It’s crazy to think that we began sheltering in place 52 days ago. It seems like it has simultaneously been much longer and much shorter than that. And it seems like we may be done sheltering in place come June. We may start slowly reintegrating into normal life again, getting back into the rhythm of things. But I have a confession…
I’m not ready.
I know that seems crazy. Because all I should want is to be done with this craziness. My three teenagers are losing it, my wife is working so hard to manage the household and her job, I’m exhausted from the energy this sheltering in place takes. And yet… I feel my chest getting tight when I think about returning. Of course, I’m looking forward to sharing a meal with people I miss, hugging people I love, and doing some of the normal day-to-day things I’ve been longing for. But, for reasons I can’t quite understand, the idea of this time coming to an end is giving me anxiety rather than lifting my spirits.
It’s not from fear of the virus. I fear for senior adults in my life who I love, but I’m not terribly concerned about my immediate family. And I feel confident that Governor Newsom will use appropriate caution in California. Perhaps it’s that I’m nervous that things won’t be the same as they were before. Or maybe I’m just lazy and the idea of having to ramp up into a full work week again seems daunting. Or it could be that I am overwhelmed by the adjustments I’ll have to make in our post-shelter-in-place world. Maybe I’m worried about all of it… or none of it.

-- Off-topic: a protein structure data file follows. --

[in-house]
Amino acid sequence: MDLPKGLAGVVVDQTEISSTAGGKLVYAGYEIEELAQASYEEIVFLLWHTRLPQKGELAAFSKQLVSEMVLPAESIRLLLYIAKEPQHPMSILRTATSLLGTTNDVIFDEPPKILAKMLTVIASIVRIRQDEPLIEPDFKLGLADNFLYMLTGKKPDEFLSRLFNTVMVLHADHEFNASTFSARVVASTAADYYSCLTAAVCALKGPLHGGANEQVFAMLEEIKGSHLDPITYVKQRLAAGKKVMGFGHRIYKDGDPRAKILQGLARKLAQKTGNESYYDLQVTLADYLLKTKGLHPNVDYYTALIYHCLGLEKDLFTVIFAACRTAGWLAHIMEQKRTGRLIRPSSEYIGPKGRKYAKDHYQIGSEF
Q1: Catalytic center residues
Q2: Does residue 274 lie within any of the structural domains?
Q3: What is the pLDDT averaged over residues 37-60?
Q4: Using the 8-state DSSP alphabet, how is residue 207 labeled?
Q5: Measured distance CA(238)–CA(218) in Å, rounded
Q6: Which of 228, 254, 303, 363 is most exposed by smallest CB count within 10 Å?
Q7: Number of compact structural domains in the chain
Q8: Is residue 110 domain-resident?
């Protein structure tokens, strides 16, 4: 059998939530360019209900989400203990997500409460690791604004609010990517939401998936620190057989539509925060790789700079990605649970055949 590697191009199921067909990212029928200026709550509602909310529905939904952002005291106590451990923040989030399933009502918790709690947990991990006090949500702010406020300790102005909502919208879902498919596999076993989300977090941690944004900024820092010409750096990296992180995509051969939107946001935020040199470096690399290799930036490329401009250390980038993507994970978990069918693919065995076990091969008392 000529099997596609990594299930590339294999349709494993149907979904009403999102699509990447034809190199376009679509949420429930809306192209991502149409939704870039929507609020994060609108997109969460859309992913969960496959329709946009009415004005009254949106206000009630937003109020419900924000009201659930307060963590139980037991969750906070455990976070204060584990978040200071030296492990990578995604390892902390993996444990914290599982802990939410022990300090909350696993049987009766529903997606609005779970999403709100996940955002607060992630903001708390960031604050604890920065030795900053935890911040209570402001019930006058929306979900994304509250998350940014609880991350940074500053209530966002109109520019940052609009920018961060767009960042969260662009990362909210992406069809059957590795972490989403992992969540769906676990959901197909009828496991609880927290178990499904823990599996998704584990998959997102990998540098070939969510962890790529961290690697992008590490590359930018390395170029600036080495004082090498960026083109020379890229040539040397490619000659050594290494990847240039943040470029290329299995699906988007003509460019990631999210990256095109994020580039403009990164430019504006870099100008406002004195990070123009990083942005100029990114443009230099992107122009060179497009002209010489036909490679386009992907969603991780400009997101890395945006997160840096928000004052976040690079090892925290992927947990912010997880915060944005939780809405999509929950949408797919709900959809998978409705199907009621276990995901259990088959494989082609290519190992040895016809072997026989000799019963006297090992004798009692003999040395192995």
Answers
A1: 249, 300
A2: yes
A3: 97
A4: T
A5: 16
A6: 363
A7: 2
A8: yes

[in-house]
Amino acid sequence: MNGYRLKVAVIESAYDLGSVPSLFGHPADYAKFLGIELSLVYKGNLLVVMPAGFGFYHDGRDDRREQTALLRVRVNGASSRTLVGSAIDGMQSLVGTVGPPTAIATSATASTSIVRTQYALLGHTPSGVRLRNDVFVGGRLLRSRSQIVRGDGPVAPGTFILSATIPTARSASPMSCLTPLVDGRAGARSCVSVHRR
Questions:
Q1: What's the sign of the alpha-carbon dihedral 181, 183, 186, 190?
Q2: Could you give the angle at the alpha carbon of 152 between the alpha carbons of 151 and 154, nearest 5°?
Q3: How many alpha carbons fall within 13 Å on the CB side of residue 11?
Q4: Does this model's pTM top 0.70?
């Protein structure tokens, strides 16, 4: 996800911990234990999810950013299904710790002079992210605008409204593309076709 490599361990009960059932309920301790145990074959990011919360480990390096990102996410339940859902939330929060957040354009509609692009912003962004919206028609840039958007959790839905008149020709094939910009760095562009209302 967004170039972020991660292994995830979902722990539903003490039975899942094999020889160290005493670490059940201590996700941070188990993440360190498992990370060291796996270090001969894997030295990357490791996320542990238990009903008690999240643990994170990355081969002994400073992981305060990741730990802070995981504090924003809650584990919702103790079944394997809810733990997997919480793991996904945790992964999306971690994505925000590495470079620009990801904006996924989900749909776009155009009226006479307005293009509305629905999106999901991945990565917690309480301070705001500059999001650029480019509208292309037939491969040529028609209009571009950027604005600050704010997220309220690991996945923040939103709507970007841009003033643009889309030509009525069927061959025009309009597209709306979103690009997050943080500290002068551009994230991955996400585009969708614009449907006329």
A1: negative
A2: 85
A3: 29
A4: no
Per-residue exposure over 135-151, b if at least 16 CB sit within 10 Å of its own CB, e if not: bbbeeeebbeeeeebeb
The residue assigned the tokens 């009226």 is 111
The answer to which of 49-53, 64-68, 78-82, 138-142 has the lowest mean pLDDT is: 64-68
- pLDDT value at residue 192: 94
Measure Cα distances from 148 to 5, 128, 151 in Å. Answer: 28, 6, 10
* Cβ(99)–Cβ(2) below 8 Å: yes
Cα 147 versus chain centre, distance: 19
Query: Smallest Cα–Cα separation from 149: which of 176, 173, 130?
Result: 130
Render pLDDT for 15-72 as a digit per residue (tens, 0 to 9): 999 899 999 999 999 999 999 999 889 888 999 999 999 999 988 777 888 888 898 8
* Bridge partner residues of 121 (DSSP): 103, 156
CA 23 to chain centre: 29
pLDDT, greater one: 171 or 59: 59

And let’s be clear—sheltering in place has been rough. It’s been full of blow-ups and insecurities and being overwhelmed. It’s been full of not knowing how I’m supposed to handle this time. Why in the world am I not jumping up and down with excitement that this time is coming to an end?
Maybe it’s because we still don’t know when this is all actually coming to an end. Who knows?
Nothing in life is certain, but the last several weeks have been particularly uncertain. I think it’s possible that the uncertainty of shelter-in-place is easier than dealing with the uncertainty of what comes next. I think that things are going to look different on the other side of this, but I don’t know how they’ll be different. I don’t know what it’s going to look like to ease back into things and I don’t know when things will happen or on what timeline. And that’s difficult. So, for now, I’ll sit in that discomfort. I will take it one day at a time. And by the time we’re on the other side of this, I’ll be ready. I’m just not there yet.
Wherever you are today, that’s ok too. It’s a weird time.